What competitive altruism suggests
Altruism is selflessness that is portrayed through cooperation, giving and sharing. Competitive altruism is a wider aspect of generosity. It is a theory that gives a description of human and animal’s behavior which do not have a direct benefit to them. For instance, behavior like sharing and helping. These behaviors are stimulated or brought about by tender emotions of human beings or any other animal. The following part describes what competitive altruism suggests.
According to Penner 2005, a person or people with generous reputation or status in the community have high chances of getting mates. Hence, they pass on their genes. Visible demonstrations of altruism are signs to other people regarding the importance and the long term benefits of altruism. Thus, others will need to be recognized and achieve high status through altruistic behavior leading to competition. Hence, giving rise to the term “competitive altruism. ” Organisms qualify and become potential mates when their action matches altruistic behavior. There are times a person can help another person or a group of people with no possibility of reciprocation. A variation of mutual altruism can be considered as competitive altruism (Mc Andrew, 2002).
The theory suggests that when altruists rewarded by the community, they will continue to do good things for people and hence the society will receive more benefits. The presence of such people creates a good image in the community. Altruist, as well as the society, becomes attractive and this gives rise to future associates (Mc Andrew, 2002).Therefore, the reputation that comes with altruistic behaviors always at stake can lead to competition. People will advertise themselves through their generosity and at the same time individuals or the community will be competing so as to access the best altruistic people.
Discussion on research by Hardy and Van
The research by Hardy and Van focuses on the relationship between the emergence of and altruistic behaviors and hierarchy regarding status in groups. Hardy and Van conducted different experimental studies concerning altruism. In all the studies, members of the group experienced social dilemma related to personal and group benefits (Komorita & Parks, 1994).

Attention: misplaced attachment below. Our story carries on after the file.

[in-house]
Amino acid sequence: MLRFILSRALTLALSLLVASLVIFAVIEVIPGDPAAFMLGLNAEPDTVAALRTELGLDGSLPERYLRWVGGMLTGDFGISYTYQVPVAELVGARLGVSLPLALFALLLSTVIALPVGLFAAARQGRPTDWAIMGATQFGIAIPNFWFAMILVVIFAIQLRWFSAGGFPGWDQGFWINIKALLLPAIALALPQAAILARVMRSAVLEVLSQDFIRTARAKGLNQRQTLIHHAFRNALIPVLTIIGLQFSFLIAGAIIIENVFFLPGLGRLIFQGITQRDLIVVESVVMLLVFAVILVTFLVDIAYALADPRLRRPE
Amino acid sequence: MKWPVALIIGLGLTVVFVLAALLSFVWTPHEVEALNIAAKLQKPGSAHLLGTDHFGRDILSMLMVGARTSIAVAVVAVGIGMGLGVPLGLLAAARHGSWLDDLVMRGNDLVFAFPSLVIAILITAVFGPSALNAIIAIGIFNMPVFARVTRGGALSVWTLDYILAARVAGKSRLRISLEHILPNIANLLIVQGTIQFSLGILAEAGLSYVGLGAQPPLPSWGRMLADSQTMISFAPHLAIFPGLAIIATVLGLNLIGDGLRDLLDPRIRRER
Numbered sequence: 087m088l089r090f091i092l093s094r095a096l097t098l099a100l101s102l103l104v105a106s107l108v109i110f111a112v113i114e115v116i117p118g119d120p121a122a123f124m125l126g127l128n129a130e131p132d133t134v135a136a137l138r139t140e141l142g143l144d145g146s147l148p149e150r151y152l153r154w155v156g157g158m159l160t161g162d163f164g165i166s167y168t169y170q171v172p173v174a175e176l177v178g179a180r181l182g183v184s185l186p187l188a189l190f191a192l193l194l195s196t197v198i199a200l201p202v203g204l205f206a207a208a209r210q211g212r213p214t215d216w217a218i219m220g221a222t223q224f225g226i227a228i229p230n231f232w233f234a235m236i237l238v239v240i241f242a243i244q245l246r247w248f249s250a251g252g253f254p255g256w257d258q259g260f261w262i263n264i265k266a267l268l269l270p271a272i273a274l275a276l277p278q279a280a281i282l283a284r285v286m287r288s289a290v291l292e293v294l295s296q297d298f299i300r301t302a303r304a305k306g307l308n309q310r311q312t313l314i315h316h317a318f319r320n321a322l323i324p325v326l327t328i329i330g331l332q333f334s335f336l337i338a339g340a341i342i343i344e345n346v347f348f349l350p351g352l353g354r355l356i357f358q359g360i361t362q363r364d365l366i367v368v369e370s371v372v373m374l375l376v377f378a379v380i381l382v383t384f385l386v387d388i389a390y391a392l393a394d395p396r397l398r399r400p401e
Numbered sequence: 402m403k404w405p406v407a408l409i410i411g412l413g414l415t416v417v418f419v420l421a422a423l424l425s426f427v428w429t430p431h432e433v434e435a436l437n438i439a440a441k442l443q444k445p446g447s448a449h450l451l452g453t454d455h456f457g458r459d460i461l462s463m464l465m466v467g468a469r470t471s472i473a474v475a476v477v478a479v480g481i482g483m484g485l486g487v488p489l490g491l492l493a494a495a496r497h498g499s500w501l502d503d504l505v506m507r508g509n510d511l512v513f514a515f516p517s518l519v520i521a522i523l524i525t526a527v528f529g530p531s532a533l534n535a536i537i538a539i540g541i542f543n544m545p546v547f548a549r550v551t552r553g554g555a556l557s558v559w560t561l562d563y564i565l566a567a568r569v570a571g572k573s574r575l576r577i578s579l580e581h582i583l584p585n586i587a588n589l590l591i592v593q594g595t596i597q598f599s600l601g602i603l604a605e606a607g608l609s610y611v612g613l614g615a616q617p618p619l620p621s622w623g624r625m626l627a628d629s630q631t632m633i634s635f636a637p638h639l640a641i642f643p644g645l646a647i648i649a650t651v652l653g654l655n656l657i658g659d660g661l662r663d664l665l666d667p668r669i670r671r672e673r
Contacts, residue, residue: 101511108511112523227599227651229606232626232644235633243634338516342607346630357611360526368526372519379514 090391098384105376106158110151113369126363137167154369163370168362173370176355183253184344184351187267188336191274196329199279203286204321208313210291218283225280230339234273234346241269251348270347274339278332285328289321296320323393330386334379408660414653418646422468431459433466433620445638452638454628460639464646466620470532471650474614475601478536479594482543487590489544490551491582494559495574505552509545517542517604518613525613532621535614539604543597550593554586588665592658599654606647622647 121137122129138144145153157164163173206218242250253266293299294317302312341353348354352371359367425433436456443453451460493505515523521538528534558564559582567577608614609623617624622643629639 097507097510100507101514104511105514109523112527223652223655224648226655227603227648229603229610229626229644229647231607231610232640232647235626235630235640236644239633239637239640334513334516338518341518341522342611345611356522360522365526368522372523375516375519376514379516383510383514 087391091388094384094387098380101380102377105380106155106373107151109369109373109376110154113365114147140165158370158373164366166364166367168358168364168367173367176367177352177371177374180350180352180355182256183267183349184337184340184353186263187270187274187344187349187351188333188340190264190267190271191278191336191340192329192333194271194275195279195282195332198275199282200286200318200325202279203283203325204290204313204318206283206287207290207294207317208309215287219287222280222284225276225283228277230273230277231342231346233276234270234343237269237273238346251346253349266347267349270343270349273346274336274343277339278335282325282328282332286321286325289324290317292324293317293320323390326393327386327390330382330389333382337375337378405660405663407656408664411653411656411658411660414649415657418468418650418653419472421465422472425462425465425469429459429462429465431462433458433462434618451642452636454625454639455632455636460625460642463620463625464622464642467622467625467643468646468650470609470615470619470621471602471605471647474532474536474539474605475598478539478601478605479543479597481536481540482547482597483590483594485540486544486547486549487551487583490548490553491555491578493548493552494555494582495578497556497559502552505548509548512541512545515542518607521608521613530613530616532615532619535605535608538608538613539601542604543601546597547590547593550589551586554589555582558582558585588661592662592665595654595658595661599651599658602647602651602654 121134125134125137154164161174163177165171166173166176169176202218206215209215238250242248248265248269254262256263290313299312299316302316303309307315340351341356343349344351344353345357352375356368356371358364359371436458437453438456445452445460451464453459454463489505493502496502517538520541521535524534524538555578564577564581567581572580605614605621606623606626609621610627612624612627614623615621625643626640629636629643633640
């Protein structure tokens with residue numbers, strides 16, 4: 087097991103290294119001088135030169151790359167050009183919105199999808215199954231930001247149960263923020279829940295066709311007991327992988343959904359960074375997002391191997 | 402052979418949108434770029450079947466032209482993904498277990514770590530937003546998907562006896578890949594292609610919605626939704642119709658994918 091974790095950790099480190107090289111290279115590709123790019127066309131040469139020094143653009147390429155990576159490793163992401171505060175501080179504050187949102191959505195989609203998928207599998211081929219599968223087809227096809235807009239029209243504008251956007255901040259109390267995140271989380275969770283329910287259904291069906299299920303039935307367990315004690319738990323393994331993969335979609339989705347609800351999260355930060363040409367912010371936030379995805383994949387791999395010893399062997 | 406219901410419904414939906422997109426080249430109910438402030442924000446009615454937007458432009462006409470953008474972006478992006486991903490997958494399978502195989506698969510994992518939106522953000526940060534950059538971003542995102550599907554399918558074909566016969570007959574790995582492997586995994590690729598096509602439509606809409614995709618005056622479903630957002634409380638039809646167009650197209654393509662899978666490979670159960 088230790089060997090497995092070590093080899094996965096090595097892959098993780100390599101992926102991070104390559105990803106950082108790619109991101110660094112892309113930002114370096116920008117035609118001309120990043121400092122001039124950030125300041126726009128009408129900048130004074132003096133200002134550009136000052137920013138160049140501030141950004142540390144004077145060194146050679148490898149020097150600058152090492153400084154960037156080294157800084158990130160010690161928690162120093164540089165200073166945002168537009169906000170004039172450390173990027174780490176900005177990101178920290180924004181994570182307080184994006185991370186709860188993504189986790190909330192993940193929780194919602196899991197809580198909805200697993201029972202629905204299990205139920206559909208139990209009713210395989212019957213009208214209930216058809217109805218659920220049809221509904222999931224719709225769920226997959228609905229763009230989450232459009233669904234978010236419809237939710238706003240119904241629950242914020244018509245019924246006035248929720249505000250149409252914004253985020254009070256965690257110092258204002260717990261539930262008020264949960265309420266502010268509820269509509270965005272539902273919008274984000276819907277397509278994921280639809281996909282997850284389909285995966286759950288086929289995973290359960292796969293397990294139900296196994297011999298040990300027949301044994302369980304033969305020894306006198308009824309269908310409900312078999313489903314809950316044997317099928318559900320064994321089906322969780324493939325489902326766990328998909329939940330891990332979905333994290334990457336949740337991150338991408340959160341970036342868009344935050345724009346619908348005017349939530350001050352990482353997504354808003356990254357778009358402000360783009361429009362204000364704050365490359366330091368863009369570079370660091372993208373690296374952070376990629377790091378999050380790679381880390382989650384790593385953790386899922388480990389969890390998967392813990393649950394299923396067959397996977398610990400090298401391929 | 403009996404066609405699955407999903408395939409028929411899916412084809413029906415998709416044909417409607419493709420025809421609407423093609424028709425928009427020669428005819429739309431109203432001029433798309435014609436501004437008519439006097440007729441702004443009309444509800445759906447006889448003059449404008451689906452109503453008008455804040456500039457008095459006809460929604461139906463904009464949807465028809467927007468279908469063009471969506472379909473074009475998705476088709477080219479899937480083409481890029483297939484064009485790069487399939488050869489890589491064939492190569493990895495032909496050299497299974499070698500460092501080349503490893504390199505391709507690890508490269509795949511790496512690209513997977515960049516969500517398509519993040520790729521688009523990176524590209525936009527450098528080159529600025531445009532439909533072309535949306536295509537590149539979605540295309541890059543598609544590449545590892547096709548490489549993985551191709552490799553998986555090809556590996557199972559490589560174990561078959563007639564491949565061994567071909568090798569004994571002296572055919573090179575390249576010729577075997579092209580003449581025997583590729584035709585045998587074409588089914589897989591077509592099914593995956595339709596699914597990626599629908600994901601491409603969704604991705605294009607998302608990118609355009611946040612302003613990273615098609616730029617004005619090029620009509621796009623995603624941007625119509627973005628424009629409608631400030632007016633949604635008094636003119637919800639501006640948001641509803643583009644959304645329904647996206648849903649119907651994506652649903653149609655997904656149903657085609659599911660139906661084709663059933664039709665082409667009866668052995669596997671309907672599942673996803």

The studies conducted by the two scholars demonstrates how altruistic behavior frequently take place when they are evident in public than when a person is alone. The most altruistic people have a higher reputation and are perceived to be positive by their peers. This clearly indicates individuals take part in altruistic actions to be recognized by the group or by the society (Van Vugt, Roberts & Hardy, 2006).
The first and the second research reveal that in the case of the public contribution those who are highly altruistic achieve high status in their respective group. They are also ideal for cooperate inter-action associates. The third study shows that those people with high reputation exhibited more altruistic behavior than those having low status in a community. Therefore, individuals compete for social status in a group.
The research provided better account or explanations or account concerning how large groups came about than the evolutionary models which are based on strict reciprocal altruism which have difficulty when it comes to describing altruism. Besides, competitive altruism has more practical implications. On the other hand, their research has two weaknesses. First there could be long term costs involved since it cannot be completely ignored that individuals may prefer altruists being future relations partners so as to use them later. Secondly, there was little money in the experiment and those who participated received donations.
Komorita, S. S., & Parks, C. D. (1994). Social dilemmas. Dubuque, IA:Brown & Benchmark
McAndrew, F. T. (2002). New evolutionary perspectives on altruism:Multilevel-selection and costly signaling theories. Current Directionsin Psychological Science, 11, 79-82.
Penner, L. A., Dovidio, J. F., Schroeder, D. A., & Piliavin, J. A. (2005).Altruism and prosocial behavior. Annual Review of Psychology, 56,365-392.
Van Vugt, M., Roberts, G., & Hardy, C. (2006). Competitive altruism Reputation-based cooperation in groups. In R. Dunbar &L. Barrett (Eds.), Handbook of evolutionary psychology. Oxford, UK:Oxford University Press.